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George Speight

George Speight
George Speight (born 1957) was a rebel leader in Fiji who kidnapped 36 government people and stayed in de facto power in May 19, 2000 to July 13, 2000.

Born Ilikini Naitini, George Speight's father Sam was an opposition MP. Sam worked with Sitiveni Rabuka, who took power in a coup 1987. George Speight had a marketing business, but many contracts were lost after Mahendra Chaudhry came to power in 1999.

Fiji has had a long history of fighting between Indians and native Fijians. Rabuka took power to protect native Fijians against the Indian minority.

Mahendra Chaudhry was an Indian who sacked Speight as chairman of two firms involved in the country's lucrative timber trade. In May 19, 2000, the situation in Fiji turned into a nightmare when Speight kidnapped Chaudhry and 35 other government officials. Speight became prime minister and effective dictator of Fiji.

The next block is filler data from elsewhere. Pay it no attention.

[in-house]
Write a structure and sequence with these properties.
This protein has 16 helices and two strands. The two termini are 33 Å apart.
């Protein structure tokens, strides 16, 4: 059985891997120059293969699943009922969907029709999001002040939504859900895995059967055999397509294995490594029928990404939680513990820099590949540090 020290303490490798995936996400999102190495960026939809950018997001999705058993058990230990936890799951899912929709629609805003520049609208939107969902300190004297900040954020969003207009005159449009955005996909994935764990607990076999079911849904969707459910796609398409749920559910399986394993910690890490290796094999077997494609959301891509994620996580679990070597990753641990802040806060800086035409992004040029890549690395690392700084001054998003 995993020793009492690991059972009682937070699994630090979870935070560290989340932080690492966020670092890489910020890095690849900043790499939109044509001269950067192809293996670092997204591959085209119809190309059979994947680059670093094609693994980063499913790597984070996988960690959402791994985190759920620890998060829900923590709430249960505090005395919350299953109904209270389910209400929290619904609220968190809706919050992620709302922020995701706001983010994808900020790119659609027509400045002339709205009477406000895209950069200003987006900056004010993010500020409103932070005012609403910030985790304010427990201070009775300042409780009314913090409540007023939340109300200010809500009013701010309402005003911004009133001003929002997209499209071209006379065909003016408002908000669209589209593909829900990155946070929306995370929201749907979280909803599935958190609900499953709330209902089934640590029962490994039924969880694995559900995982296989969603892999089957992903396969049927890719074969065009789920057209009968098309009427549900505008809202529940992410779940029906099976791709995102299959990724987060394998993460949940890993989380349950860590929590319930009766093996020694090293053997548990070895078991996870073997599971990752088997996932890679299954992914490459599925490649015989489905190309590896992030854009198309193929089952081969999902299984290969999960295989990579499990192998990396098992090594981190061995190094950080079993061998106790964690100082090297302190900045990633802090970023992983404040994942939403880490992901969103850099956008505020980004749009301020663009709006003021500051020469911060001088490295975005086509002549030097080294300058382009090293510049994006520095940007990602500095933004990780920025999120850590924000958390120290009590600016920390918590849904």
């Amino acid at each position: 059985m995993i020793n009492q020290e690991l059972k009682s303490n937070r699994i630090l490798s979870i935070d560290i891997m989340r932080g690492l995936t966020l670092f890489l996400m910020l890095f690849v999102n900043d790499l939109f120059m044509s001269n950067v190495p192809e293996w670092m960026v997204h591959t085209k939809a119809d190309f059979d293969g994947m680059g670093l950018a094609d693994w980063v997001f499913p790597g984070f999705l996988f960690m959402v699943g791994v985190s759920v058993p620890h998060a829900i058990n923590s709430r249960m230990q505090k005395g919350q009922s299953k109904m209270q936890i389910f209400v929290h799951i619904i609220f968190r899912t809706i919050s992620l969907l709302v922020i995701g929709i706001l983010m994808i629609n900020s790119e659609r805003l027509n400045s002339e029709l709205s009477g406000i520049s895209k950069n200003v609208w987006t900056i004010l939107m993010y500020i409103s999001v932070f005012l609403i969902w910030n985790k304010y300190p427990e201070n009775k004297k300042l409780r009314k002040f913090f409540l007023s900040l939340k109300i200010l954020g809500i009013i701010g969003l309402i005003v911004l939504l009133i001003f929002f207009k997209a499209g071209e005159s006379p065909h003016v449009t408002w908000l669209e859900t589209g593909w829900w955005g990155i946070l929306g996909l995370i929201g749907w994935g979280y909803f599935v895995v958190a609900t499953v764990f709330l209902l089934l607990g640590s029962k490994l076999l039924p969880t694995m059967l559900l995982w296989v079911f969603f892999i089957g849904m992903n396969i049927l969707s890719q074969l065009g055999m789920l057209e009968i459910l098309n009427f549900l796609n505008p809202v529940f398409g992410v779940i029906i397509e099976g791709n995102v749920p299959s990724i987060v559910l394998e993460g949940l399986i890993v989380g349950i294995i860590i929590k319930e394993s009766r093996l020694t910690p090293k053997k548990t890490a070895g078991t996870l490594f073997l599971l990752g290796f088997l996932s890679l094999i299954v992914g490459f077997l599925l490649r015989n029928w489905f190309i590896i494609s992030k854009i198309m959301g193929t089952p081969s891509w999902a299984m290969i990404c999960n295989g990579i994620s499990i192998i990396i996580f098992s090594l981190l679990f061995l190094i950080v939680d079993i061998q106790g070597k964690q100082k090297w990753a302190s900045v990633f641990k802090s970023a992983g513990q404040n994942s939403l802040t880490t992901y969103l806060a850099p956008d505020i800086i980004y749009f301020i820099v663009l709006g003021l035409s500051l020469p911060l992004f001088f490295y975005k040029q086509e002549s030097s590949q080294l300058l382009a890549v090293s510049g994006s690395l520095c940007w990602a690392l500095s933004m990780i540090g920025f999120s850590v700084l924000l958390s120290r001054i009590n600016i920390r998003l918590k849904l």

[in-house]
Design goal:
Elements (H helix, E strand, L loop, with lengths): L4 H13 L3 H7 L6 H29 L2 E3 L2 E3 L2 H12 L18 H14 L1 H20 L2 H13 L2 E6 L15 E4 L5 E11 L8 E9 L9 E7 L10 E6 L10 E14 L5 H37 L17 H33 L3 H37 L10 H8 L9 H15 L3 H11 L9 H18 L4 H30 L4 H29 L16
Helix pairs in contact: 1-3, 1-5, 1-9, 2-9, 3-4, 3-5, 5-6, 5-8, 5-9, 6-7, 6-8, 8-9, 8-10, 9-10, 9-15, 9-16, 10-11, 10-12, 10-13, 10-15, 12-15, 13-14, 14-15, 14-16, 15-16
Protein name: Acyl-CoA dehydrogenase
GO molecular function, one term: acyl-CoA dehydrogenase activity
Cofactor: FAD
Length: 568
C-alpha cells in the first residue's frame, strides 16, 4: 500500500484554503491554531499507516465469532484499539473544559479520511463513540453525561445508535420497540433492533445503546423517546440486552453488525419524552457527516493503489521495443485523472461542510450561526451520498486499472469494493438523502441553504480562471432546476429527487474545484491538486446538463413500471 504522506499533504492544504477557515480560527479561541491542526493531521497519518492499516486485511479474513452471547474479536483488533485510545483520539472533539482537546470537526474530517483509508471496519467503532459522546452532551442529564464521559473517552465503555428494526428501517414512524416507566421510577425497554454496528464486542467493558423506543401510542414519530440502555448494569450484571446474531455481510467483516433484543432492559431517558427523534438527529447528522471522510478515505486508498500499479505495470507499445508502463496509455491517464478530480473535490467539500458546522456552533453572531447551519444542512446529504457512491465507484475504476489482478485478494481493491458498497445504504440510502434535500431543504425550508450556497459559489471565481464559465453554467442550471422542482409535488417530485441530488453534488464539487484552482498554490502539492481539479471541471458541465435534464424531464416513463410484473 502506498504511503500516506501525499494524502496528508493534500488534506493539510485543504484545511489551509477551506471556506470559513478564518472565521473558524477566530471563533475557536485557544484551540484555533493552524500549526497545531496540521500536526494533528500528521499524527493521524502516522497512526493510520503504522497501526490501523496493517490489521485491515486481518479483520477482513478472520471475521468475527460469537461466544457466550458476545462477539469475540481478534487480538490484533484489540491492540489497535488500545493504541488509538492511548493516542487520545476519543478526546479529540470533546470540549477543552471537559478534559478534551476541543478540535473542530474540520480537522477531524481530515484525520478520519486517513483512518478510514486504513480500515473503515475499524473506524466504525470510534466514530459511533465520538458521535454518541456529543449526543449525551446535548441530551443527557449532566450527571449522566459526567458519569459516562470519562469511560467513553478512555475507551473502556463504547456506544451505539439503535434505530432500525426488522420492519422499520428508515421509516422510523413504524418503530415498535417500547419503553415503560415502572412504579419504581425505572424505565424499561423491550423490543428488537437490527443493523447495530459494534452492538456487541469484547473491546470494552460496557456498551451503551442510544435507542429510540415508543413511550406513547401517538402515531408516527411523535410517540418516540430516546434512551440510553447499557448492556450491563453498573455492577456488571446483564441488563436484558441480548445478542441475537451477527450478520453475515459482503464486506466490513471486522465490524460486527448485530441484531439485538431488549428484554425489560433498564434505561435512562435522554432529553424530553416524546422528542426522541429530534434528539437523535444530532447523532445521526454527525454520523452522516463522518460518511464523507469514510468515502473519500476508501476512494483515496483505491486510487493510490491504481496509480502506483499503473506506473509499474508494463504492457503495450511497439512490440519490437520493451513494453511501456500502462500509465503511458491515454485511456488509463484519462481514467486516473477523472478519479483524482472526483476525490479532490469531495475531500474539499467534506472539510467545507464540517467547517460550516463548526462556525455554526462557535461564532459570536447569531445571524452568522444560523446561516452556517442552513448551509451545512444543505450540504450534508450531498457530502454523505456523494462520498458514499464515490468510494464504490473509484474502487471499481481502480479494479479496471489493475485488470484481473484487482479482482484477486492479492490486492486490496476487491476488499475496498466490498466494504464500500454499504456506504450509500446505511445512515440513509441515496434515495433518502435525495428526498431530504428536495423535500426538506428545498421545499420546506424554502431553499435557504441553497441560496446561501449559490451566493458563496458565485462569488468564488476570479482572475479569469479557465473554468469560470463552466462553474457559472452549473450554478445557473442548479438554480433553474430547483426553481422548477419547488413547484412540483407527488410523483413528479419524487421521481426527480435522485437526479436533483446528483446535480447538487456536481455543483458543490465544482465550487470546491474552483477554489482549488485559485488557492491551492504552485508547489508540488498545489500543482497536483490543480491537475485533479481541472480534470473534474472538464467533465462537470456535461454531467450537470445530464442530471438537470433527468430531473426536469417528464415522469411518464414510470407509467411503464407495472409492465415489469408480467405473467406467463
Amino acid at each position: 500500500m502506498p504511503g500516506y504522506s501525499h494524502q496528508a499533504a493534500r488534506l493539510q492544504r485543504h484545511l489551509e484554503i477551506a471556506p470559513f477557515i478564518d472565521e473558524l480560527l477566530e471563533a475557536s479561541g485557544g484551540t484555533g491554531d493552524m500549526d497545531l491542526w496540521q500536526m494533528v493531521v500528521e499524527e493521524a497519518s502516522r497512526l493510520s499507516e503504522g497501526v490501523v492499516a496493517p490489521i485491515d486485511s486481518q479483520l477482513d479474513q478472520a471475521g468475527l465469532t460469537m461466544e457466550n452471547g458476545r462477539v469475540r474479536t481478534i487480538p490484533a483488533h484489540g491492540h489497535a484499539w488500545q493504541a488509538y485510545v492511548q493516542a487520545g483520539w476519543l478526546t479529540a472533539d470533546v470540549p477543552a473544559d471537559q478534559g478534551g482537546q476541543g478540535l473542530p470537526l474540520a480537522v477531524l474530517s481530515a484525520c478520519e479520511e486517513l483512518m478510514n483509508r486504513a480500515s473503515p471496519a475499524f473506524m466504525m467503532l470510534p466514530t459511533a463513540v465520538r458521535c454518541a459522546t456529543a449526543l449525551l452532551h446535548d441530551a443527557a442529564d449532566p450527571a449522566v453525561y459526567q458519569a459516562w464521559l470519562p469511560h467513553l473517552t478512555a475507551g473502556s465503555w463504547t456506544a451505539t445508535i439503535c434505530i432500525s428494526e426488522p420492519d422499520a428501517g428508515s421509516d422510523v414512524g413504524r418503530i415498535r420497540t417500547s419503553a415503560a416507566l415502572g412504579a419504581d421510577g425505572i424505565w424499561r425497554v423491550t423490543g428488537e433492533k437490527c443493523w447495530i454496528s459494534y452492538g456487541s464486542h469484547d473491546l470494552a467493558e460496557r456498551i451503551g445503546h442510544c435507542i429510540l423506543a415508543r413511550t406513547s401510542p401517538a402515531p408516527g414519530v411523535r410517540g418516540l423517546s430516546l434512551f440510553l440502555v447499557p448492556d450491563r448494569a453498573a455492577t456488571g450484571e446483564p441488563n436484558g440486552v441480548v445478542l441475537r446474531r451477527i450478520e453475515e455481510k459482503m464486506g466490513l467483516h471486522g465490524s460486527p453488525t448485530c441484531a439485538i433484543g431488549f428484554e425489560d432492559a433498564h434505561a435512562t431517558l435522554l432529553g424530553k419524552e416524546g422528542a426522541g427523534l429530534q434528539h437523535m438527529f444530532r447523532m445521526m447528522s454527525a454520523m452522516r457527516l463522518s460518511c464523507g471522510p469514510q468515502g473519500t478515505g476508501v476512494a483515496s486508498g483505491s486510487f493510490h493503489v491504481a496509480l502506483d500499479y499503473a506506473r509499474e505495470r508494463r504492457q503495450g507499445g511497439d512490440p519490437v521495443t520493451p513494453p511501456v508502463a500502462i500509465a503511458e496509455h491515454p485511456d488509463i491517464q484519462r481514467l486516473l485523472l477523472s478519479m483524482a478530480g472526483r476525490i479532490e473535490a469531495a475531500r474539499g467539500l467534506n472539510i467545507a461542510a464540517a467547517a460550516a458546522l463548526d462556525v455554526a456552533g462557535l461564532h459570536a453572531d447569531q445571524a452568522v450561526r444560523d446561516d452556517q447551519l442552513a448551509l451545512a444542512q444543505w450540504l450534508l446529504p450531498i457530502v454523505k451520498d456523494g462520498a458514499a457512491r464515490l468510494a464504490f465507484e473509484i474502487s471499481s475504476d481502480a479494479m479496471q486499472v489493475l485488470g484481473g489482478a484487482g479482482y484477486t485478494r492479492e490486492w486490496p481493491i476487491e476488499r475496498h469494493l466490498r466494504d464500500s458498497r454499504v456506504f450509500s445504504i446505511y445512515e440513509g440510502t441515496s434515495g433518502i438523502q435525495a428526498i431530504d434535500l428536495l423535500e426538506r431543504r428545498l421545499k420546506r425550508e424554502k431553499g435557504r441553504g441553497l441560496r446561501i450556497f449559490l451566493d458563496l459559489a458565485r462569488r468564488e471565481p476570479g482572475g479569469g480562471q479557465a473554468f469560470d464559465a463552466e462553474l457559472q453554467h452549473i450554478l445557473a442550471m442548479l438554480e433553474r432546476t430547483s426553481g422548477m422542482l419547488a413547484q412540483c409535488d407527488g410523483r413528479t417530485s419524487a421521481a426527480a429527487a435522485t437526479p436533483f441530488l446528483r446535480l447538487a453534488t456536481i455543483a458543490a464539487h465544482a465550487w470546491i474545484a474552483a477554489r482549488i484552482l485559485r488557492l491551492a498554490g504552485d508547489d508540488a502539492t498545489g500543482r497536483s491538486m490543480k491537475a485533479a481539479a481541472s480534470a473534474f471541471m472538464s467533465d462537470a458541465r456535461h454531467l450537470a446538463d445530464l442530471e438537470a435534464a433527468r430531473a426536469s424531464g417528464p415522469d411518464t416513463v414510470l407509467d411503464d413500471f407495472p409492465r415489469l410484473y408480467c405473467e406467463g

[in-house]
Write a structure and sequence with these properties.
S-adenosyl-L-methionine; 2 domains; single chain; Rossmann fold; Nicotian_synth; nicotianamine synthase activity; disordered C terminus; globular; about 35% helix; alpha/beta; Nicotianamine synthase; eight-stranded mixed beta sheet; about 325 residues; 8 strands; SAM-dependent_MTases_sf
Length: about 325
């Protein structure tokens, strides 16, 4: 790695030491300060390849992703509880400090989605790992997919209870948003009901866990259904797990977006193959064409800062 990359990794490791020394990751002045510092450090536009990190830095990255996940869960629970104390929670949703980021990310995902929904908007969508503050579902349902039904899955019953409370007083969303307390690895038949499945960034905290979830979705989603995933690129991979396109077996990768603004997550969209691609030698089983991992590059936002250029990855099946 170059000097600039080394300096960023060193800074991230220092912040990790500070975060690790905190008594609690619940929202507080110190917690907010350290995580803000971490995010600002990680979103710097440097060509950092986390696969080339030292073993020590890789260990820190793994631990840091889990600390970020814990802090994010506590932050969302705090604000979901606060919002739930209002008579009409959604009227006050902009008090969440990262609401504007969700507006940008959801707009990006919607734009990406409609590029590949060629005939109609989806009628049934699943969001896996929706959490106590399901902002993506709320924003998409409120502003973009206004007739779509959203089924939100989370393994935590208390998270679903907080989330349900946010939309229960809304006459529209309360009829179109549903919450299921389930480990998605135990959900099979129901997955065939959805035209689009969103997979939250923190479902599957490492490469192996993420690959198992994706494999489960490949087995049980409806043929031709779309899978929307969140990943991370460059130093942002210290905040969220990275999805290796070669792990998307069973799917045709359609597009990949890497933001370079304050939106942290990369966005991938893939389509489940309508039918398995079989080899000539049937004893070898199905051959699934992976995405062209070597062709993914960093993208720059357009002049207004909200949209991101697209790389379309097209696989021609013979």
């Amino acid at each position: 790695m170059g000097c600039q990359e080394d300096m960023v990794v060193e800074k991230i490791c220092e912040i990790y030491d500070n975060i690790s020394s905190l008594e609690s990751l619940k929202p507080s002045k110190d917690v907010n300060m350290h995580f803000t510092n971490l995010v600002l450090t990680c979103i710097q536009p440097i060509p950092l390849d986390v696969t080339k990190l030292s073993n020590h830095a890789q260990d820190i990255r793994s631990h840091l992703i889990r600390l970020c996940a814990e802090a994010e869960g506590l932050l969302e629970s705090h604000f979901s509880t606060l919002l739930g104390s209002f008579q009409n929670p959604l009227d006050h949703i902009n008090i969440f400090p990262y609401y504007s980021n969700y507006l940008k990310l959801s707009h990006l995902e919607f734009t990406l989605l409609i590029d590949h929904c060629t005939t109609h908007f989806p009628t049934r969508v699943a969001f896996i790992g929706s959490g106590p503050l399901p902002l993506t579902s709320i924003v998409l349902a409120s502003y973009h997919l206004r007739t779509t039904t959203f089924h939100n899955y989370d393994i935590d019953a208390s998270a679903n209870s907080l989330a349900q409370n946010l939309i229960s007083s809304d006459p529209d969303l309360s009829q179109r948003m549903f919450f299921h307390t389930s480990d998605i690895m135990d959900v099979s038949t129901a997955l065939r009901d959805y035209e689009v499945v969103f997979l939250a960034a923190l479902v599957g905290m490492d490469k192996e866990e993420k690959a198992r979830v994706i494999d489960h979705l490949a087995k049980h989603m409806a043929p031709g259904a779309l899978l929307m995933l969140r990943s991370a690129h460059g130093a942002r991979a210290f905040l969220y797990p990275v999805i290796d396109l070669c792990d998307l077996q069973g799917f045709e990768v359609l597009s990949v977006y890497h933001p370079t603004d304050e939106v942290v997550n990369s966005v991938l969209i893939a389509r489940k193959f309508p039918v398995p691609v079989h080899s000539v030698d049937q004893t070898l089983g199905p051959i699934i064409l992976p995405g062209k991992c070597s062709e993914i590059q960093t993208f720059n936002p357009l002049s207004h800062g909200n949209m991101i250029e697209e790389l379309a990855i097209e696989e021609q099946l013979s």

Fifteen soldiers and two of their officers defected to the rebels. George Speight built up a strong private army. On June 9, Speight abolished Fiji's multi-racial constitution. Three days later, Speight's car was strayed with gunfire, but the army denied that soldiers were in an operation to kill him. On June 25, four woman hostages were released. On July 13, Chaudhry returned home.

The next day, Speight was arrested with 369 of his followers and charged with treason. In August 2001, democracy was restored and Speight was elected MP. In December, Speight was expelled from the parliament because he never attended. In February 2002, Speight was sentenced to death, but President Ratu Josefa Iloilo commuted it to life imprisonment.

See also: Fiji Coup of 2000.